Similarly, the stunning score brings out the best in the story, romanticizing the beauty and adventurousness of the digital world. The initial “transformation” scene, in which Suzu becomes Belle and enters the world of U for the first time, is certainly beautiful on its own — but the driving score endows this scene with a sense of fantastical wonder, making it one of the most memorable sequences in the movie. After Suzu enters U, the movie brings the excitement and dangers of social media to life by filling the screen with eye-grabbing text bubbles and pop-ups. In one scene, one of Belle’s haters is literally drowned in a flood of disapproving comments that overtake her avatar until she finally disappears from view.
But not all the visual aspects of Belle are quite that strong. When Belle sets off on her journey to find the beast’s hideaway within U, there’s a sudden, palpable change in the tone and visual style of the film. The wondrous and unique world of U is abruptly stripped away and replaced by blatant visual references to Disney’s Beauty and the Beast and other cinematic adaptations of the fairy tale. The animations in this section of the movie are still masterful and beautiful, but the details are so similar to those in the Disney version that Belle suddenly feels like a cheap knockoff rather than a creative adaptation. When Belle suddenly dons a dark cape and ties her hair back in a low ponytail, she’s no longer the unique metaverse popstar that we grew to love in the first section of the film. Instead, she’s an uninspiring imitation of the Disney version of Belle. When Belle and the beast dance in his castle, we’re no longer watching a complex coming-of-age adventure about social media and identity. Instead, we’re watching a copycat version of the famous ballroom sequence from the Disney movie. Belle starts out as such a strong, nuanced, and unique fairy tale adaptation that it’s frustrating and disappointing when it suddenly becomes dependent on recognizable Disney imagery.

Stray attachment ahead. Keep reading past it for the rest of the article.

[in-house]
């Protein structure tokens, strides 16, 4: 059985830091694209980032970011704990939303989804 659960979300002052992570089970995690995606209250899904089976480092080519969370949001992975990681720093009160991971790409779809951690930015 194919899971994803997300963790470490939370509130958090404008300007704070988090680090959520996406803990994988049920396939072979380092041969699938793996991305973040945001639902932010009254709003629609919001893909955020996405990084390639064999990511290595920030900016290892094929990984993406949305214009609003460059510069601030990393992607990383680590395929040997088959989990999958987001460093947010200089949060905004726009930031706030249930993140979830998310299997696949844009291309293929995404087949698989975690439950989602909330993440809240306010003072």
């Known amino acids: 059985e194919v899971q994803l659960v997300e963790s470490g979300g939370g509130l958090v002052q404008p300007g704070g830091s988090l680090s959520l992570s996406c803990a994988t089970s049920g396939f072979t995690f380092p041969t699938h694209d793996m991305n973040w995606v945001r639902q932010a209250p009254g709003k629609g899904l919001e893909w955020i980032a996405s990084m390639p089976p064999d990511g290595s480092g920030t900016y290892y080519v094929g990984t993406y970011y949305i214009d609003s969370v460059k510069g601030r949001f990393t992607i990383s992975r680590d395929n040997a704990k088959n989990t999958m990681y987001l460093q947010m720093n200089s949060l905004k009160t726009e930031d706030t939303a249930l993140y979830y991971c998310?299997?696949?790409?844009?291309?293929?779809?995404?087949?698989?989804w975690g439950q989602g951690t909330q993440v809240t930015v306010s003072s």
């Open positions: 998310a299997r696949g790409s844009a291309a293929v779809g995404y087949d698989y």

Belle doesn’t need all those heavy-handed visual references to Disney’s Beauty and the Beast, nor does it need to rely on the themes of the original fairy tale as strictly as it does. Despite the fact that the beast selfishly and rudely interrupts Belle’s concert, Belle becomes obsessed with him almost instantly. She’s immediately intrigued by his bad-boy persona and the mysterious bruises on his back. She inexplicably idolizes and romanticizes the dark villain — an obsession that doesn’t fit Suzu’s overall character. Plus, since Suzu is leading a double life and developing friendships in the real world and in U, there’s not enough time in the movie for all those relationships to develop realistically — especially her relationship with the beast. Surely, when Hosoda decided to write a Beauty and the Beast adaptation so modern and advanced that it takes place in the metaverse, he could have left out the whole problematic issue of romanticized Stockholm Syndrome and replaced it with nuanced and developed representations of friendship and romance. Granted, the themes of the movie get better as the story unfolds — but the sudden, jarring transition from “futuristic teen movie” to “fairy tale adaptation” creates a giant hiccup that disrupts the tone of the film.
The three spaces within Belle (the real world, the VR world, and the fairy tale world) aren’t as cohesive as they could have been, making the movie feel disconnected and, at times, difficult to follow. But Belle offers more than its fair share of breathtaking moments, and it has a lot to say about social media and online personas. Belle opens the door to a whole new world of VR fairy tales and coming of age stories, and I can’t wait to see what comes next.
For ticket information, visit the Belle official website.
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"Our embodied spectator, possibly perverse in her fantasies and diverse in her experience, possesses agency...finally, she must now be held accountable for it."